A grave environmental crisis in the southern coasts of the Caspian Sea has taken beauty away from a region once praised for its unique landscape.
I live in the northern Iranian city of Rasht, the center of Guilan Province, a region that shares a 170 mile coastline with the Caspian Sea and is home to approximately 2.5 million people.
Rasht is around a 30 minute cab ride from the shores of the sea. Owing to its unique natural landscape, magnificent greenness and pleasant weather, Guilan was often referred to as the “Bride of the North.” Likewise, Rasht, a city that receives a great deal of rainfall, has been traditionally called the “City of Silver Rains.”
However, to many concerned observers, Guilan is no longer worthy of such accolades due to the current condition of its climate, air, water resources and natural landscape.
The Caspian Sea coastline is considered a major tourist destination, and thousands of Iranians flock to Guilan Province every summer to enjoy the beauties of the region. But the shores are not as dazzling and clean as they used to be over a decade ago.
Tourists who spend their time in Guilan around the Caspian shores have become increasingly inattentive to the hygiene and cleanliness of the beach and casually dispose their trash by the seaside.
Moreover, there’s a grave problem of domestic and industrial sewage being offhandedly released into the sea. According to local reports, of the 400 million square meters of wastewater produced annually in the three northern Iranian provinces of Guilan, Mazandaran and Golestan, only 40% is treated and converted into usable effluent, while the remaining 60% is discharged into the Caspian Sea or the rivers that flow into it.
Hamidreza Ghaffarzadeh, the Caspian Environment Programme’s project manager, maintains that the Caspian coastal nations are potentially capable of harvesting $5 billion-worth of fish and other aquatic products from the sea every year, but the growing pollution of this unique body of water is rendering this impossible.
Referring to the role that the city is playing in the contamination of the Caspian Sea, Ghaffarzadeh said: “With a population of above 1 million, Rasht is to account for the discharging of an enormous amount of untreated urban, industrial sewage into the rivers that join the Caspian Sea. Therefore, the source of this microbial pollution is completely evident, and there’s no need to deflect responsibility.”
A 26 mile-long river streams through the center of Rasht called Zarjoob, meaning the “Gold Lake,” which was once a hub for fishing and a source of supplying drinking water for locals. It also provided water for agriculture and other domestic uses.
However, throughout recent decades, the river has turned into a source of contagion, microbial diseases and insecurity for the city, as the industrial and urban expansion of Rasht, along with the ineptitude of local authorities, has made this thriving river a torrent of debris and trash. The people residing in the districts close to the river are disturbed by the unbearable stench coming from Zarjoob.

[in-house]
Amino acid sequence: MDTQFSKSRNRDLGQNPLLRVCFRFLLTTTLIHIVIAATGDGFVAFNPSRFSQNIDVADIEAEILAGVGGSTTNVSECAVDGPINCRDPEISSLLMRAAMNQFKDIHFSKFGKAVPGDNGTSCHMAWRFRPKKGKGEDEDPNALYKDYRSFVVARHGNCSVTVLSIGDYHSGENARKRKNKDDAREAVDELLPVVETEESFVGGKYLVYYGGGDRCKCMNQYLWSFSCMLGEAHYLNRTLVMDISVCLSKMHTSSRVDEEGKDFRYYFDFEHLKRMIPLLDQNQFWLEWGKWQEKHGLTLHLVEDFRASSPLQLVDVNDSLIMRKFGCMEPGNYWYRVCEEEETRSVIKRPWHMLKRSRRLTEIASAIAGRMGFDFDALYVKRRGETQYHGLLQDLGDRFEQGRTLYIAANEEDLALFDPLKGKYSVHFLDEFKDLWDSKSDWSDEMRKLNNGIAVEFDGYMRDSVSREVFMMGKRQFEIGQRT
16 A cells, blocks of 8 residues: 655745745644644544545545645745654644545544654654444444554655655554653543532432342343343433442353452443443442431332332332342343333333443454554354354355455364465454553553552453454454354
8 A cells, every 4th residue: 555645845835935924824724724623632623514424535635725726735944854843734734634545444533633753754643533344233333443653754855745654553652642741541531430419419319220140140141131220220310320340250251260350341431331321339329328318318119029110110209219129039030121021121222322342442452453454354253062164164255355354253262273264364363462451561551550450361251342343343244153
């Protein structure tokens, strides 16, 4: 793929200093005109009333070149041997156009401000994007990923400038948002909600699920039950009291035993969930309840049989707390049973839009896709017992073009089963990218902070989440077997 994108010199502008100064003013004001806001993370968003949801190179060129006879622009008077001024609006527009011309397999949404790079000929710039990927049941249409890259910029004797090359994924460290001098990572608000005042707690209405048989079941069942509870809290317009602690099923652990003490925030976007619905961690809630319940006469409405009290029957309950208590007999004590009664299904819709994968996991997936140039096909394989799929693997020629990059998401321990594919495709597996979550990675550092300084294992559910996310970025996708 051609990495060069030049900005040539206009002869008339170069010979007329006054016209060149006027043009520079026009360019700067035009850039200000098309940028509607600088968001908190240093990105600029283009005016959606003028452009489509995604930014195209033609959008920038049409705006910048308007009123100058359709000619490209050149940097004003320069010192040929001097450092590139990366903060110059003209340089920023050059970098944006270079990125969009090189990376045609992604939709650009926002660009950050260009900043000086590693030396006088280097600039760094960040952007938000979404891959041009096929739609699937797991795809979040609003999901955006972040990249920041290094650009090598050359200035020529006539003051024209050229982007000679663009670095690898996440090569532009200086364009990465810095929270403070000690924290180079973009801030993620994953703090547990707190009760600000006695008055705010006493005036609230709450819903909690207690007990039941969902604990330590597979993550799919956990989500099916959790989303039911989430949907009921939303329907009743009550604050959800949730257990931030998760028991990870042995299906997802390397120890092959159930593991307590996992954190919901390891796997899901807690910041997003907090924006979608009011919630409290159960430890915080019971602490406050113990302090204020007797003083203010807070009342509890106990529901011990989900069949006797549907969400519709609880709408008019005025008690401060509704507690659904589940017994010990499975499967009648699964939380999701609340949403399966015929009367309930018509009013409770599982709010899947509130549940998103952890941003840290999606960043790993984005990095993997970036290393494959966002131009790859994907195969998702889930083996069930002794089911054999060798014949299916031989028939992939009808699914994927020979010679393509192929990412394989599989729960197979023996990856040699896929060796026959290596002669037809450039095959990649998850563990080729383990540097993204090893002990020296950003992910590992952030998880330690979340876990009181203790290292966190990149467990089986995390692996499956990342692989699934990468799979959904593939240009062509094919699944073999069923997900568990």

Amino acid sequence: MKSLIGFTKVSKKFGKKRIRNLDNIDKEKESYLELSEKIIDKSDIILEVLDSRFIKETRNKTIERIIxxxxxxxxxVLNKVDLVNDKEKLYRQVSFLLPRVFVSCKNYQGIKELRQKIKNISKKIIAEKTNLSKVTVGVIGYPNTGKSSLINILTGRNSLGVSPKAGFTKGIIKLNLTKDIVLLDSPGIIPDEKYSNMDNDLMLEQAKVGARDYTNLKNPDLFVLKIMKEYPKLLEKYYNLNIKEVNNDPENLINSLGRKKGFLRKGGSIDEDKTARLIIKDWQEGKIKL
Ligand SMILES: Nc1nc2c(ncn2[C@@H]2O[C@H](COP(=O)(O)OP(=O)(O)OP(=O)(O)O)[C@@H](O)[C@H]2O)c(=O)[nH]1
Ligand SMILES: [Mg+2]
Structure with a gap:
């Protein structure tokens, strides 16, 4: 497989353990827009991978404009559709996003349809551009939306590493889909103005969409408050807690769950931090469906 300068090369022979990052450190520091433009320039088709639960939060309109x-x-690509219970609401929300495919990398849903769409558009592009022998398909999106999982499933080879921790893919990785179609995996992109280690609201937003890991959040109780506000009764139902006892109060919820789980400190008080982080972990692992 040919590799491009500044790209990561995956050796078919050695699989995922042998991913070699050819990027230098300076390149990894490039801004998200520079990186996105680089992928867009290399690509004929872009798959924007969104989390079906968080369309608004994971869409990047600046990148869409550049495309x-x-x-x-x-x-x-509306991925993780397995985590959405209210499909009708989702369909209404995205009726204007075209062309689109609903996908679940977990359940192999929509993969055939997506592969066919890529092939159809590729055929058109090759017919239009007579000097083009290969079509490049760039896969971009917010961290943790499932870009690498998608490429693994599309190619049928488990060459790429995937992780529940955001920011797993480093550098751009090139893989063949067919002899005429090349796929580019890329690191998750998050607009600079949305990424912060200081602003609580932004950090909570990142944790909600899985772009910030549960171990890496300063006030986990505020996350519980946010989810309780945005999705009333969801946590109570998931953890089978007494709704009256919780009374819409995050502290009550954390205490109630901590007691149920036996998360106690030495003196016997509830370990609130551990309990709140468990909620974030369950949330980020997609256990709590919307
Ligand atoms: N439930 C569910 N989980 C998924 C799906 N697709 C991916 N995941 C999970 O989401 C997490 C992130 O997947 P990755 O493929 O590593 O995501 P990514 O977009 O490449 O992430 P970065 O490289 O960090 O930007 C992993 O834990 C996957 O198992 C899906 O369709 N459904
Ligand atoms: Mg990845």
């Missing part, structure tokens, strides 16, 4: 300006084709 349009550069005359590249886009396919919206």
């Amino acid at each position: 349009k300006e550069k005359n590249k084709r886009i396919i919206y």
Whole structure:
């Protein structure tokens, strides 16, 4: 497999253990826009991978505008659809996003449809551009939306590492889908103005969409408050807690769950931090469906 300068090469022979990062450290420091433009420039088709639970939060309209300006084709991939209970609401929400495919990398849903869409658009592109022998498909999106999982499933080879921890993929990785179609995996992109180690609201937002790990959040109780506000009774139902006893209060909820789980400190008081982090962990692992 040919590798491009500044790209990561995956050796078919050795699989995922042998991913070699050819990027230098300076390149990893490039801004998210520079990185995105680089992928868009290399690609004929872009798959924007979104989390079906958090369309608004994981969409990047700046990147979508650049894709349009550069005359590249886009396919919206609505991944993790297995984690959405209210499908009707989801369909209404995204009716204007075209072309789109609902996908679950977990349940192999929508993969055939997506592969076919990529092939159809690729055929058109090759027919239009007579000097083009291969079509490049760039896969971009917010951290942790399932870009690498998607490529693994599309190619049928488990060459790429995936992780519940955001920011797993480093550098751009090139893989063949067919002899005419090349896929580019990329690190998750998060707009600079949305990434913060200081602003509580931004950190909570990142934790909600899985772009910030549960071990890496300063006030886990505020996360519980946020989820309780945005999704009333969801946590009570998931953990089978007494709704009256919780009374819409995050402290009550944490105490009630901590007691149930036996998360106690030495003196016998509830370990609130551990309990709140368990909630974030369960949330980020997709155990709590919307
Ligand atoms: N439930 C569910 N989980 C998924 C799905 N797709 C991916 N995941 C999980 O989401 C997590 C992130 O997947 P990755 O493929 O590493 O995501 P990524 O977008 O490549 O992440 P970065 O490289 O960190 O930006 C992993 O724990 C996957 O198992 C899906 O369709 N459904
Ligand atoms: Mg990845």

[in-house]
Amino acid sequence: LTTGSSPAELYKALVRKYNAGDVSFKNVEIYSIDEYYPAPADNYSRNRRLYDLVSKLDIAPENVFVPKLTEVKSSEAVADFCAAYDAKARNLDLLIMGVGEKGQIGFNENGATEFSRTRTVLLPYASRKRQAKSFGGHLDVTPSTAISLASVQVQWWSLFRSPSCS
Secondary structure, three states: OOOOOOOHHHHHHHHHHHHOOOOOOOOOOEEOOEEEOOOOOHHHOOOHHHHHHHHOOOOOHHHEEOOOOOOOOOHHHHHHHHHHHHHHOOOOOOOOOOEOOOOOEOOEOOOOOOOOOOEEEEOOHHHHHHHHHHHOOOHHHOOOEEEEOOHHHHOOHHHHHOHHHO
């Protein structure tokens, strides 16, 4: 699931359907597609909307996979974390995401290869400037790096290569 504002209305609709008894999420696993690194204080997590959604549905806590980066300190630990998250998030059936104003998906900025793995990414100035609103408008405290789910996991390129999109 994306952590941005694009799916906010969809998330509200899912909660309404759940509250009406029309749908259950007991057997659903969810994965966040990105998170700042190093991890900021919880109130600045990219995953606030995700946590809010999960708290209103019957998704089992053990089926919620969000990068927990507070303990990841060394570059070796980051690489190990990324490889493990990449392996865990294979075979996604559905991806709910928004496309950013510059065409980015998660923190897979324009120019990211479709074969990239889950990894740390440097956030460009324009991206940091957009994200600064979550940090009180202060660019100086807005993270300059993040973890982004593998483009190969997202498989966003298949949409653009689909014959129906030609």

The only solution local officials found for the disposal and collection of wastewater coming from tens of new factories, hospitals and residential complexes built in the city following the 1979 revolution was to let sewage flow into the Zarjoob River, which ultimately meets the Anzali Lagoon and the Caspian Sea—both of which are protected by international conventions and also face a serious pollution crisis.
Some environmental experts say only a few living species can survive in Zarjoob, which is informally known as “the most polluted river in Iran.”
Between 2000 and 2010, the World Bank initiated the Northern Cities Water Supply and Sanitation Project in Iran to help solve a sanitation and sewage problem in the cities of Rasht, Anzali, Sari and Babol.
In Rasht, the project was specifically based on directing the industrial and domestic wastewater to a treatment plant through an overall reconstruction of the city’s water supply network and installing a new set of pipelines underground.
However, after spending $148 million and causing an indescribably long delay in implementing the project—again highlighting the incompetence of local authorities—it was announced in early 2011 that the cooperation between Guilan Province and the World Bank was concluded and that the international body would no longer be providing financial assistance to local government.
For ten years, the people have patiently tolerated the extreme hardships of frequent diggings in the streets and obstructions that slow down their daily lives. Nonetheless, the entire project collapsed and hardly anyone could identify what Guilan officials had done with the $148 million in financial aid they received from the World Bank.
Now, the Caspian Sea and Zarjoob River have become sources of embarrassment. Parvin Farschi, the deputy head of Iran’s Department of Environment, says 100% of domestic wastewater from homes located in the coastal regions of the Caspian Sea in Guilan and Mazandaran Provinces are ejected into the sea, leading to mass infection of fish and marine creatures, which make up an important part of the regional inhabitants’ nutritional cycle.
Guilan has traditionally been known for its greenery and beautiful shores, but the signs of those memorable days are fading as a result of our own negligence and the inability of officials to come up with creative solutions for the environmental crisis.
The views expressed in this article are the author’s own and do not necessarily reflect Fair Observer’s editorial policy.
Photo Credit: Arashk
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